A cream tea (also known as a Devonshire tea, Devon cream tea or Cornish cream tea) is a pot of tea taken with a combination of scones, clotted cream, and jam. But what is the difference between a Cornish Cream Tea and a Devon Cream Tea?
There are many debates between Cornwall and Devon about the true origin of the “Cream Tea”. A campaign was launched at the Devon County Show in May 2010 to have the name "Devon cream tea" protected within the European Union under Protected Designation of Origin rules. This sparked fierce debate over the origin of the cream tea in the West.
Both Devon and Cornish teas have the same ingredients of tea, scones, jam and clotted cream. Traditionally it is important that the scones be warm, ideally, freshly baked. The cream should be clotted rather than whipped cream, and the jam strawberry rather than any other variety. Butter is generally not included.
It is how the scone is assembled that subtly differs. The difference is whether the cream is added to the scone first, followed by the jam or if the jam is added to the scone first, followed by the cream.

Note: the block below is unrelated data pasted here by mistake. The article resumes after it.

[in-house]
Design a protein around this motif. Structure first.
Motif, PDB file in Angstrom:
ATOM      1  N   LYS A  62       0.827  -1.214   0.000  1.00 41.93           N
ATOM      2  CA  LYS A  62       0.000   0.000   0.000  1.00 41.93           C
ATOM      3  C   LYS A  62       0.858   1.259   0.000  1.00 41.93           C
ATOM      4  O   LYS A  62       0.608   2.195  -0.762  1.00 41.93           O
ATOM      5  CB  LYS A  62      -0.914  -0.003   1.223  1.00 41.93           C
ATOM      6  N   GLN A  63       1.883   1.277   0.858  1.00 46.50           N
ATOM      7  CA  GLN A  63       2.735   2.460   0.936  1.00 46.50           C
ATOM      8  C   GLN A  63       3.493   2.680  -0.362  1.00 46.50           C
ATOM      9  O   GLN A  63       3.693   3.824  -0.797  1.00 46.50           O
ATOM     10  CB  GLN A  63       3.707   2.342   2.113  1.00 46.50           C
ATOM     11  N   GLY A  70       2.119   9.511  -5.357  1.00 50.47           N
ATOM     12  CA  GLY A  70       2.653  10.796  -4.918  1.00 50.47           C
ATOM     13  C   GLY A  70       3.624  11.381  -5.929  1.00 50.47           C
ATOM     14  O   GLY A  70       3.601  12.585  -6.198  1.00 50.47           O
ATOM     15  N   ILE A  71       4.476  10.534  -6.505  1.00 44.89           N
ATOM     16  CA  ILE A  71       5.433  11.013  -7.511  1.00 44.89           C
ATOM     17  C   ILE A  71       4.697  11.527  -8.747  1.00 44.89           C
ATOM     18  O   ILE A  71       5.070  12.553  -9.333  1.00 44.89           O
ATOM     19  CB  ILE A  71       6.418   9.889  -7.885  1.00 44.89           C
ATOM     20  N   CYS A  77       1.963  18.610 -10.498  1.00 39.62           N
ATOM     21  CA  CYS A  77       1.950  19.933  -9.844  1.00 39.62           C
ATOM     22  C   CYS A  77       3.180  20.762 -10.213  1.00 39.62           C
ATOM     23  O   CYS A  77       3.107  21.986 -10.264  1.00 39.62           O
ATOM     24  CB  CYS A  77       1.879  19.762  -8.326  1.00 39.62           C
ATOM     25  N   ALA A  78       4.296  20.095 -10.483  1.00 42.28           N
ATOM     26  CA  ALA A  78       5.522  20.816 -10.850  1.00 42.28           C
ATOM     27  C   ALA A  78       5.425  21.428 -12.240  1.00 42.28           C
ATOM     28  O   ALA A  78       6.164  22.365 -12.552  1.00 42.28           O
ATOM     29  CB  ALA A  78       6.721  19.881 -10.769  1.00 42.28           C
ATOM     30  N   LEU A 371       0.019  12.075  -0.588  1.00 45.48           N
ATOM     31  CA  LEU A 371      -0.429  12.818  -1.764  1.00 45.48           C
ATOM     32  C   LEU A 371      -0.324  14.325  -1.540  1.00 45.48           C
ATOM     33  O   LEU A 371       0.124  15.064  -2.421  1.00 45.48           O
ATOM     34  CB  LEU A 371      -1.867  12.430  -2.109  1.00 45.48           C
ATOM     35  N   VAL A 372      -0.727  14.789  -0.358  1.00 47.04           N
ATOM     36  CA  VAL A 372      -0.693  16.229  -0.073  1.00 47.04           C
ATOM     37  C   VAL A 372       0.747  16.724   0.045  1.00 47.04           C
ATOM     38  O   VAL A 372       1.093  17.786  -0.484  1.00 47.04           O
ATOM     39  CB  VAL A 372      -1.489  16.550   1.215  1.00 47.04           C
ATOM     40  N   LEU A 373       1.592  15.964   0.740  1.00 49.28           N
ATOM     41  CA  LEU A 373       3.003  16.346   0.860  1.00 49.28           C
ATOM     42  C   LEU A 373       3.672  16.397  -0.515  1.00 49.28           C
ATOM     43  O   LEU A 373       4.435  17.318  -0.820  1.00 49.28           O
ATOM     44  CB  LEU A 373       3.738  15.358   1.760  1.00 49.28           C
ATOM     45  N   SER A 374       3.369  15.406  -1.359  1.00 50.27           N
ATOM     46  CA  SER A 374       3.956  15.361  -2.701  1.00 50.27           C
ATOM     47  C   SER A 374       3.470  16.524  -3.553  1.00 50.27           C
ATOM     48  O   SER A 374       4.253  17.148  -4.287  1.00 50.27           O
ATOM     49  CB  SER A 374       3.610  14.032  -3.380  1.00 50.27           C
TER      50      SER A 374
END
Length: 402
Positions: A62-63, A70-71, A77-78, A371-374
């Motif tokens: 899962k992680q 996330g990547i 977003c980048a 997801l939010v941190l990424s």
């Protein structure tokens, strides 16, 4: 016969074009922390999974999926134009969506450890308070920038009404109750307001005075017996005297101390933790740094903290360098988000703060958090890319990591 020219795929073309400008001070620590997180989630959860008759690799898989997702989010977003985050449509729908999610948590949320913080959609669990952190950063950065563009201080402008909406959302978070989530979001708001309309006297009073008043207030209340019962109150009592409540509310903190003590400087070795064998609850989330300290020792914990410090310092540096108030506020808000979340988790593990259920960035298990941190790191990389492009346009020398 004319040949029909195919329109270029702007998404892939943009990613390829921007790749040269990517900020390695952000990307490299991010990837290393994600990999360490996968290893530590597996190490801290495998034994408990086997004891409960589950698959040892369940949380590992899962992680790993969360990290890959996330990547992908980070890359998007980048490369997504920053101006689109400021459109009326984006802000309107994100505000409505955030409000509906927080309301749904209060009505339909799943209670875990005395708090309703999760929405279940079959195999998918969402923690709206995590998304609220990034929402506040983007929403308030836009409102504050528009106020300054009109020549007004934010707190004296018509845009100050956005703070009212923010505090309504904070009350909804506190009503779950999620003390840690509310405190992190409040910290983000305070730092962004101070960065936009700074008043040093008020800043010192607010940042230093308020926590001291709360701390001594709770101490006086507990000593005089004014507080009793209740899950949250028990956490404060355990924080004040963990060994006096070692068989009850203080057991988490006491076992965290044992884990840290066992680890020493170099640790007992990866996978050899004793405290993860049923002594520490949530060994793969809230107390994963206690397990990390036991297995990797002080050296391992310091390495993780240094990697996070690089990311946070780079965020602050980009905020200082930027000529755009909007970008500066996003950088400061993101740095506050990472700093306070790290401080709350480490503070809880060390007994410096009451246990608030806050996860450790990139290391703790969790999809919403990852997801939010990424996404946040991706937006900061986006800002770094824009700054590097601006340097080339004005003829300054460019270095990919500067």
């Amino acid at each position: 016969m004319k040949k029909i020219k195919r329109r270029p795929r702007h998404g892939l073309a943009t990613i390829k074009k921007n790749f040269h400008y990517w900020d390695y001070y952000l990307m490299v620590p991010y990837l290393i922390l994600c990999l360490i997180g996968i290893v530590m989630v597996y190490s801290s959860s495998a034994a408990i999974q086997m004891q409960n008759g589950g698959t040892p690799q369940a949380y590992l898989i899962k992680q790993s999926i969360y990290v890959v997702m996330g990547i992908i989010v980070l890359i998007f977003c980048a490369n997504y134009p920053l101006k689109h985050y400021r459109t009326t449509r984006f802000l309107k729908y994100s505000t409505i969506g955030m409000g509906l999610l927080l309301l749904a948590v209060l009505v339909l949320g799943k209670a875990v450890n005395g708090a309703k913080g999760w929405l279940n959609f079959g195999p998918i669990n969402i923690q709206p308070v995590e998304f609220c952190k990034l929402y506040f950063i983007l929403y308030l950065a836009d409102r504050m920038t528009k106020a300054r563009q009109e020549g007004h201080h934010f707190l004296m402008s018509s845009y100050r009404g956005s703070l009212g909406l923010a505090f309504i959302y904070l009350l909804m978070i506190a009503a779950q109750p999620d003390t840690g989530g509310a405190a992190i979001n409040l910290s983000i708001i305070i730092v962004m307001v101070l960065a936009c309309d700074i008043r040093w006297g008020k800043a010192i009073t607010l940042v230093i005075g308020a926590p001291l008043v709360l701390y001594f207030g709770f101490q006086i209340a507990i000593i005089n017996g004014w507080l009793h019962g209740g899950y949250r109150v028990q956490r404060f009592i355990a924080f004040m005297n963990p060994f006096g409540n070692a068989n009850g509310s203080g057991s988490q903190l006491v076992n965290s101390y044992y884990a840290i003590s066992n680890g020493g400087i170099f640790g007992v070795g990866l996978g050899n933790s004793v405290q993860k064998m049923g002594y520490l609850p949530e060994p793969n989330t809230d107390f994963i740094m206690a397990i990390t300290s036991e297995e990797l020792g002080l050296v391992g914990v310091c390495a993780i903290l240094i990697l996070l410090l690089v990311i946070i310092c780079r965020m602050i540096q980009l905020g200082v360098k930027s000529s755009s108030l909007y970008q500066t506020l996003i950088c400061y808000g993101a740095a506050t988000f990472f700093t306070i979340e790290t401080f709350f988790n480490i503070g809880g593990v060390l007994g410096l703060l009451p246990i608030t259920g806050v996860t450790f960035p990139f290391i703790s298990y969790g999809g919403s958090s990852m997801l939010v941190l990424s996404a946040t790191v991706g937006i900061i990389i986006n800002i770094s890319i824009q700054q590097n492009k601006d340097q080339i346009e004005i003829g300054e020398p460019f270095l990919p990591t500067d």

Devon cream tea
The name "Devonshire tea" comes from the county of Devon, England. The Devon method is to split the scone in two, cover each half with clotted cream, and then add strawberry jam on top.
Cornish Cream Tea
The name "Cornish Cream Tea" comes from the county of Cornwall, England. In Cornwall, the scone is first spread with strawberry jam, with the cream added as the topping.
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